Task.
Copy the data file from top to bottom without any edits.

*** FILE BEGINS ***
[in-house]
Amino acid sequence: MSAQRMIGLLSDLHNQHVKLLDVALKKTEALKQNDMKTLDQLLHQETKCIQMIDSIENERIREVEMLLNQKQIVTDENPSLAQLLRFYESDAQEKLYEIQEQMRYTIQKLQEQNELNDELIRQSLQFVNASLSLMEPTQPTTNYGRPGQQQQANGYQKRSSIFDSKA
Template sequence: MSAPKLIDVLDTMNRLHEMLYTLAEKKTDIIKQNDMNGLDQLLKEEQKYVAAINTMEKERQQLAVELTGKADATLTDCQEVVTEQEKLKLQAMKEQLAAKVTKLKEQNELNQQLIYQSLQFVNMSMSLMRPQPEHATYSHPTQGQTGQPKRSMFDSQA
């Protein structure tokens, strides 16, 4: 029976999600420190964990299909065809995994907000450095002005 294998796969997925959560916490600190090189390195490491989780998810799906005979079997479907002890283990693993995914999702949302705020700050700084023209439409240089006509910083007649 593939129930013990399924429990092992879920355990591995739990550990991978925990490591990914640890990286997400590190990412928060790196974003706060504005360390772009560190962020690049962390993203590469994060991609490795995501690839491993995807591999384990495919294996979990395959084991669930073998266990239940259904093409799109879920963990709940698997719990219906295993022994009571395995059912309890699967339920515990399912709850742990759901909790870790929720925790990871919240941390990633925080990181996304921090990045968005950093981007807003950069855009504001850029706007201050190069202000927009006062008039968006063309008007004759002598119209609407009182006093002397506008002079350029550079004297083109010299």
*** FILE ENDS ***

[in-house]
Amino acid sequence: MSAQRMIGLLSDLHNQHVKLLDVALKKTEALKQNDMKTLDQLLHQETKCIQMIDSIENERIREVEMLLNQKQIVTDENPSLAQLLRFYESDAQEKLYEIQEQMRYTIQKLQEQNELNDELIRQSLQFVNASLSLMEPTQPTTNYGRPGQQQQANGYQKRSSIFDSKA
Template sequence: MSAPKLIDVLDTMNRLHEMLYTLAEKKTDIIKQNDMNGLDQLLKEEQKYVAAINTMEKERQQLAVELTGKADATLTDCQEVVTEQEKLKLQAMKEQLAAKVTKLKEQNELNQQLIYQSLQFVNMSMSLMRPQPEHATYSHPTQGQTGQPKRSMFDSQA
């Protein structure tokens, strides 16, 4: 029976999600420190964990299909065809995994907000450095002005 294998796969997925959560916490600190090189390195490491989780998810799906005979079997479907002890283990693993995914999702949302705020700050700084023209439409240089006509910083007649 593939129930013990399924429990092992879920355990591995739990550990991978925990490591990914640890990286997400590190990412928060790196974003706060504005360390772009560190962020690049962390993203590469994060991609490795995501690839491993995807591999384990495919294996979990395959084991669930073998266990239940259904093409799109879920963990709940698997719990219906295993022994009571395995059912309890699967339920515990399912709850742990759901909790870790929720925790990871919240941390990633925080990181996304921090990045968005950093981007807003950069855009504001850029706007201050190069202000927009006062008039968006063309008007004759002598119209609407009182006093002397506008002079350029550079004297083109010299």